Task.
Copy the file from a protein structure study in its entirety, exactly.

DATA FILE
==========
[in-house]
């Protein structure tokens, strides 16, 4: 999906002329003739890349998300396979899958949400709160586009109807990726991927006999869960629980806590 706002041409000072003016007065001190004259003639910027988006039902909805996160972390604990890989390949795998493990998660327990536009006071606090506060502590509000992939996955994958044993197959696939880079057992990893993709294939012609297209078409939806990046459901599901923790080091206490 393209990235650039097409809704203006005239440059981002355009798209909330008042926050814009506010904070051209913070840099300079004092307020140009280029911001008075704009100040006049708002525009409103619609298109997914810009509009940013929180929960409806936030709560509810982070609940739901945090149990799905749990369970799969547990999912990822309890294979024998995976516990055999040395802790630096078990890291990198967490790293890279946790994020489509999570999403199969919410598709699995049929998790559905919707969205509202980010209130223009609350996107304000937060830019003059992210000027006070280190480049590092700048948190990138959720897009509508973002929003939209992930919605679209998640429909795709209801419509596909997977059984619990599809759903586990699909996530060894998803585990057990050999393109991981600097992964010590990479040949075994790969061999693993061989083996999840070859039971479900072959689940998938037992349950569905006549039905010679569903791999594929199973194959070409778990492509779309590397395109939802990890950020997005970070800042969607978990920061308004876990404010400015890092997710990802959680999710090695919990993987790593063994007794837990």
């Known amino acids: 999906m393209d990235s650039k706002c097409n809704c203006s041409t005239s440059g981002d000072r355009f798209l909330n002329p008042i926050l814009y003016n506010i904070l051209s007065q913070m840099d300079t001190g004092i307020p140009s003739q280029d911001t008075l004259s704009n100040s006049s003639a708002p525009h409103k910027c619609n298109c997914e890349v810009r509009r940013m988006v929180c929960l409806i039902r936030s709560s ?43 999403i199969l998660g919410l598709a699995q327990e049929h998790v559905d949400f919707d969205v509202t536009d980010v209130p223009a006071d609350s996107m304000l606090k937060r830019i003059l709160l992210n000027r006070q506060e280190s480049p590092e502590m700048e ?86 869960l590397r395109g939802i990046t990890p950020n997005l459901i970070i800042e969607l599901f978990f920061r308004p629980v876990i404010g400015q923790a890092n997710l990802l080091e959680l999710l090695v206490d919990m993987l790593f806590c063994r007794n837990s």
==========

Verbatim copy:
[in-house]
């Protein structure tokens, strides 16, 4: 999906002329003739890349998300396979899958949400709160586009109807990726991927006999869960629980806590 706002041409000072003016007065001190004259003639910027988006039902909805996160972390604990890989390949795998493990998660327990536009006071606090506060502590509000992939996955994958044993197959696939880079057992990893993709294939012609297209078409939806990046459901599901923790080091206490 393209990235650039097409809704203006005239440059981002355009798209909330008042926050814009506010904070051209913070840099300079004092307020140009280029911001008075704009100040006049708002525009409103619609298109997914810009509009940013929180929960409806936030709560509810982070609940739901945090149990799905749990369970799969547990999912990822309890294979024998995976516990055999040395802790630096078990890291990198967490790293890279946790994020489509999570999403199969919410598709699995049929998790559905919707969205509202980010209130223009609350996107304000937060830019003059992210000027006070280190480049590092700048948190990138959720897009509508973002929003939209992930919605679209998640429909795709209801419509596909997977059984619990599809759903586990699909996530060894998803585990057990050999393109991981600097992964010590990479040949075994790969061999693993061989083996999840070859039971479900072959689940998938037992349950569905006549039905010679569903791999594929199973194959070409778990492509779309590397395109939802990890950020997005970070800042969607978990920061308004876990404010400015890092997710990802959680999710090695919990993987790593063994007794837990």
């Known amino acids: 999906m393209d990235s650039k706002c097409n809704c203006s041409t005239s440059g981002d000072r355009f798209l909330n002329p008042i926050l814009y003016n506010i904070l051209s007065q913070m840099d300079t001190g004092i307020p140009s003739q280029d911001t008075l004259s704009n100040s006049s003639a708002p525009h409103k910027c619609n298109c997914e890349v810009r509009r940013m988006v929180c929960l409806i039902r936030s709560s ?43 999403i199969l998660g919410l598709a699995q327990e049929h998790v559905d949400f919707d969205v509202t536009d980010v209130p223009a006071d609350s996107m304000l606090k937060r830019i003059l709160l992210n000027r006070q506060e280190s480049p590092e502590m700048e ?86 869960l590397r395109g939802i990046t990890p950020n997005l459901i970070i800042e969607l599901f978990f920061r308004p629980v876990i404010g400015q923790a890092n997710l990802l080091e959680l999710l090695v206490d919990m993987l790593f806590c063994r007794n837990s």